Personal contradictions between Hafez al-Assad and Saddam Hussein, who came to power in Iraq in 1979, contributed to the split. When Iraq attacked Iran in 1980, Syria definitely broke with Iraq and supported Persian, Shiite Iran. Following Egypt’s peace treaty with Israel, Syria’s breach of Iraq and Israel’s invasion of Lebanon, Assad devised a new strategy and sought – with Soviet arms deliveries – military equality with Israel. In this way, Syria could stand against Israel alone, either to defend itself against a possible invasion or to attack itself.
In the mid-1970s, the economic downturn came. Assad’s position was also challenged by a power struggle among the Alawites. The Baath regime was challenged by a revolt initiated by the Muslim Brotherhood in 1976. The revolt gained the largest support in Aleppo, Hama and Homs.
After new clashes in 1980, Aleppo and Hama were surrounded and searched by security forces; several were killed. The situation worsened with an assassination attempt against Assad in June 1980 and the killing of hundreds of imprisoned Muslim brothers in response. Several Sunni groups joined forces in an Islamic front against the Baath regime; The Brotherhood called for holy war. The rebellion was put to rest after a confrontation in Hama in 1982, with fights demanding thousands of lives. The use of power helped to remove open opposition. The Baath Party retained power without legal opposition. Assad remained president without a counter candidate in the 1978, 1985, 1991 and 1998 elections.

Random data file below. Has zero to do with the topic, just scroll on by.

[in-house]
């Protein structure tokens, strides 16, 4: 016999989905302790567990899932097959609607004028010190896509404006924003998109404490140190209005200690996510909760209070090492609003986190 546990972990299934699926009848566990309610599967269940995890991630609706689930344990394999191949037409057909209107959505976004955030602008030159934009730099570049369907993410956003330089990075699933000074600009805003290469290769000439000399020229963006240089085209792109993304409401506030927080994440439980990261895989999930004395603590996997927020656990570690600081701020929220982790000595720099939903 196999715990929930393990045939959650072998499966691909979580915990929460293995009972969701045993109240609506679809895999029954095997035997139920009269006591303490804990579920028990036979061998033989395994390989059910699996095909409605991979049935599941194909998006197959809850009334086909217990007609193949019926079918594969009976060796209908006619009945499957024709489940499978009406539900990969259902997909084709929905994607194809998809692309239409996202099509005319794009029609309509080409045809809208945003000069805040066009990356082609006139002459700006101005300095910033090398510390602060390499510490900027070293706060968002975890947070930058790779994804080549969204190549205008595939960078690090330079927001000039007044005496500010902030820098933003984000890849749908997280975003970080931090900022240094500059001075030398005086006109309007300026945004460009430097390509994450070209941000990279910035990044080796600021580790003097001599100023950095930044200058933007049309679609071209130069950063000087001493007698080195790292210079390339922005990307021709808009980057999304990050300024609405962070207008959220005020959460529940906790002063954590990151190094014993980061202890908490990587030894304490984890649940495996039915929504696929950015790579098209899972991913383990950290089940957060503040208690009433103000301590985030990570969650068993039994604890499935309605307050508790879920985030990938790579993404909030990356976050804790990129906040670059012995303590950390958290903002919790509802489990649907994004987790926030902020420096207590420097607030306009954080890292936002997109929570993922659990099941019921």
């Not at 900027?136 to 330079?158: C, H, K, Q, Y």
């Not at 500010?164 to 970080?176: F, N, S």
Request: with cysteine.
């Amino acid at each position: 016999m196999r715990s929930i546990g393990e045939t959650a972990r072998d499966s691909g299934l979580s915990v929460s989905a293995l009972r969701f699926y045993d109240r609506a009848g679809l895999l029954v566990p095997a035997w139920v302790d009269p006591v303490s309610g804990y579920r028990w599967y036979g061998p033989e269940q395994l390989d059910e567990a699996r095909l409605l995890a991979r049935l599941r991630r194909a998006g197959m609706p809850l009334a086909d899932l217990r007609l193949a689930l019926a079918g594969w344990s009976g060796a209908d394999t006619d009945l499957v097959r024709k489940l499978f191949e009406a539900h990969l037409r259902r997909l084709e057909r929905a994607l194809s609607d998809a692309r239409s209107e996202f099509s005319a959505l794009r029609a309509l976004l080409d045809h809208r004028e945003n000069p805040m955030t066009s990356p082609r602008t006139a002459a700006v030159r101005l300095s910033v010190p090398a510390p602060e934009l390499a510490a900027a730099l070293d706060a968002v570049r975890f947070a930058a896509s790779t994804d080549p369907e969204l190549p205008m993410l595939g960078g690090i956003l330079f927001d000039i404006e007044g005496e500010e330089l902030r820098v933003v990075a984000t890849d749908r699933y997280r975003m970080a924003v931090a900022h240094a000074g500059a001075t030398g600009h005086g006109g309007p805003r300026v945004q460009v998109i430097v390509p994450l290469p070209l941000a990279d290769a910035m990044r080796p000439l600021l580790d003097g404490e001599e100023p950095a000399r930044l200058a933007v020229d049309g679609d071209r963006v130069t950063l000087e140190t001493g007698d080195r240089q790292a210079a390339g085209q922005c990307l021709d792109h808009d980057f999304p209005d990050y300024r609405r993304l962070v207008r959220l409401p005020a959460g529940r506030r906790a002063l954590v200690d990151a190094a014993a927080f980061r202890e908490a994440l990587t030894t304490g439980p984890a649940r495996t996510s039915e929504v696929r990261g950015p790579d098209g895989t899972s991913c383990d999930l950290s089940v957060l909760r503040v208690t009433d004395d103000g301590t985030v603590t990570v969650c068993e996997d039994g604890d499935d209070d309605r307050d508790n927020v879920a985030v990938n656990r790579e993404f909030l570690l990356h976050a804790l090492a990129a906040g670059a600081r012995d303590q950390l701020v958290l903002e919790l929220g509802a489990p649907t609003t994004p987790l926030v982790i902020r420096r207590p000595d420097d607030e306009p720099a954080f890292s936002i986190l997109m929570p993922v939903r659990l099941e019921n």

A power struggle between Hafez al-Assad and his brother Rifaat al-Assad threatened military confrontation in 1984. Hafez al-Assad died in 2000 and was succeeded by his son Bashar al-Assad. President’s eldest son Basil al-Assad was appointed as successor, but died in an accident in 1994. Bashar al-Assad was elected by the National Assembly; the election was confirmed in a referendum in July 2000. He was re-elected in 2007 and 2014 – without a candidate.